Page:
Regulatory Open Forum

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  • 1.  "Part 11" vs. "Software Validation"

    Posted 14-Apr-2018 12:47
    A common viewpoint is that the requirements of 21 CFR Part 11 (electronic records and signatures) are viewed as equivalent to the software validation requirements of 21 CFR 820.70(i) and ISO 13485:2016 clauses 4.1.6 and 7.5.6 (4th paragraph).

    What is your viewpoint and why?

    Kevin Randall, ASQ CQA, RAC (U.S., Canada, Europe)
    Principal Consultant
    ComplianceAcuity, Inc.
    Golden CO
    United States

  • 2.  RE: "Part 11" vs. "Software Validation"

    Posted 15-Apr-2018 16:10

    In my response, I don't include ISO 13485:2016, since I believe it is easier to stay inside the US system of Part 11 and QSR. Whether certain clauses in ISO 13485:2016 are equivalent to certain sections and subsections in QSR is important, but beyond the scope of this response.

    To ask whether two regulations are equivalent, one must first understand equivalence. While there is no formal definition, I understand that two equivalent regulatory requirements would generate the same procedural elements and quality records. Any difference would move the relationship from equivalent to similar. In a sort of Turing test, one could look at the procedures and required records. If an informed person could not reasonably determine the regulation implemented, then they are equivalent.

    820.70(i) is a requirement for software validation. Applying 820.3(z), software validation provides objective evidence that the software consistently fulfills the requirements of a specific intended use.

    Part 11 generally has two sets of requirements. One deals with electronic records and the other deals with electronic signatures. The electronic records requirement has two subsets related to closed systems and open systems.

    Consequently, there are three potential equivalences to explore. I don't believe that 820.70(i) is equivalent to any of the Part 11 requirements.

    820.70(i) does not require the use of a secure, computer-generated, time-stamped audit trail. 11.10(e) does, so this blocks equivalence in both closed and open systems.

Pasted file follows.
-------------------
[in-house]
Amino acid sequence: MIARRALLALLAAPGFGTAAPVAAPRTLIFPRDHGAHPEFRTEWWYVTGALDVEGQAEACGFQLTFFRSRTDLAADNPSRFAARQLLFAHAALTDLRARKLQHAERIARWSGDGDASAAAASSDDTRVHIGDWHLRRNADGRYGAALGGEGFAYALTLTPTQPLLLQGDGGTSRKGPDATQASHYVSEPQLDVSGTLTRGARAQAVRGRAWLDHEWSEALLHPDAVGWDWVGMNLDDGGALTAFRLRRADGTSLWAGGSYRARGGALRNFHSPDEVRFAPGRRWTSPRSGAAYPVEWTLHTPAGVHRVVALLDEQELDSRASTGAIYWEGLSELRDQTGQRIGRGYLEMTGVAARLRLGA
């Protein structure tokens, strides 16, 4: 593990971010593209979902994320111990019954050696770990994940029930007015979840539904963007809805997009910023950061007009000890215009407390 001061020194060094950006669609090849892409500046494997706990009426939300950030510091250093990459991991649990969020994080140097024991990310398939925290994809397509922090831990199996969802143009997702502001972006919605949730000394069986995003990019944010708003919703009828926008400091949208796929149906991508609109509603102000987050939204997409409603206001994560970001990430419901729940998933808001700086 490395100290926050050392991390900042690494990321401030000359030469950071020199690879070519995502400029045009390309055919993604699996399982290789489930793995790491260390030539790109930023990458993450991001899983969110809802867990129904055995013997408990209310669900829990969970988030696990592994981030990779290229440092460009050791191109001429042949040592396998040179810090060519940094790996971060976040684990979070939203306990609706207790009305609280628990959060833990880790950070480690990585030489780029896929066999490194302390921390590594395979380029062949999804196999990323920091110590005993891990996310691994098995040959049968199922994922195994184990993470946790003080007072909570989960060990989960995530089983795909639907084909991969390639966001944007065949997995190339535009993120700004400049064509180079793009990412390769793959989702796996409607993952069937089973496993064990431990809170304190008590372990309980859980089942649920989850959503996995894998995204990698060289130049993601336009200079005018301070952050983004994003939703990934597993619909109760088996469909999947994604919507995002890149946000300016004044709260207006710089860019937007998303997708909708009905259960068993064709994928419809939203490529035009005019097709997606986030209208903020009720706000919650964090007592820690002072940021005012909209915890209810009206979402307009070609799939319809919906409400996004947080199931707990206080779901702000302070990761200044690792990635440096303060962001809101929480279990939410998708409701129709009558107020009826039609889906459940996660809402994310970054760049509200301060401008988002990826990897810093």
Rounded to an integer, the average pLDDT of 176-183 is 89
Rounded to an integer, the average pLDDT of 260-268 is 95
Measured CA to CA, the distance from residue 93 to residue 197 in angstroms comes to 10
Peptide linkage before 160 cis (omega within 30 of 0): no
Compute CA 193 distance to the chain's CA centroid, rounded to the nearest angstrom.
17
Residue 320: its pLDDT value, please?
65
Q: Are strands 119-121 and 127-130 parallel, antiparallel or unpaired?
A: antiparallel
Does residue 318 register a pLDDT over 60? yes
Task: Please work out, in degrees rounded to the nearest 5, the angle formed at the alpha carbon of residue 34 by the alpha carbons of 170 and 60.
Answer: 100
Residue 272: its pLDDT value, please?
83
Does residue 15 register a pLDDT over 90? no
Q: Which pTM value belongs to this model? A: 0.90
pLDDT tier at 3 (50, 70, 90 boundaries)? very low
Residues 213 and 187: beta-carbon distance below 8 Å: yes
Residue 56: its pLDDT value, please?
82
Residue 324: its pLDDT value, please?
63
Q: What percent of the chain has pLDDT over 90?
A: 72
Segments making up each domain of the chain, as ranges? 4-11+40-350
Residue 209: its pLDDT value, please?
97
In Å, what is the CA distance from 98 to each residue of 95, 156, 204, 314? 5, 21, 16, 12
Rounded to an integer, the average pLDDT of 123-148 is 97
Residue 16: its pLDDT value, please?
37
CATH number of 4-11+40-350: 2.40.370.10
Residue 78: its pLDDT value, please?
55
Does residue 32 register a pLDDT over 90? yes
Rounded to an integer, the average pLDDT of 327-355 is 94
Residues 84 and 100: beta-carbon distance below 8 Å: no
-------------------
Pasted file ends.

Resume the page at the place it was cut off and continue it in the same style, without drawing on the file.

820.70(i) does not require measures such as document encryption and use of appropriate digital signature standards. 11.30 does, so this blocks equivalence in open systems.

    820.70(i) does not require the printed name of the signer, the date and time of the signature, and the meaning associated with the signature. 11.50(a) does, so this blocks equivalence in electronic signatures.

    Many years ago (as I recall), at least one of the FDA centers said that for pharma inspection the Investigator should always review compliance with Part 11. For a device inspection the Investigator should review compliance with 820.70(i) and not look explicitly at Part 11. As I recall this was a "secondary" requirement. (I don't know if this is the correct term.) The idea is that the device Investigator would not look for Part 11 but would document obvious problems. As a result, device Warning Letters do not cite Part 11. (I don't track pharma Warning Letters.) However, device Warning Letters may cite Part 11 requirements under 820.70(i). A September 21, 2015 Warning Letter to Genesis Biosystems, Inc. says, "For example, your firm uses the software (b)(4), developed by (b)(4), to document, maintain, and track customer complaints electronically. However, as stated by your firm's Director of Quality Assurance (QA) & Regulatory Affairs (RA) during the inspection, the software does not generate time-stamped audit trails to independently record the date and time of operator entries and actions that create, edit, or modify electronic records."

    Dan O'Leary
    Swanzey NH
    United States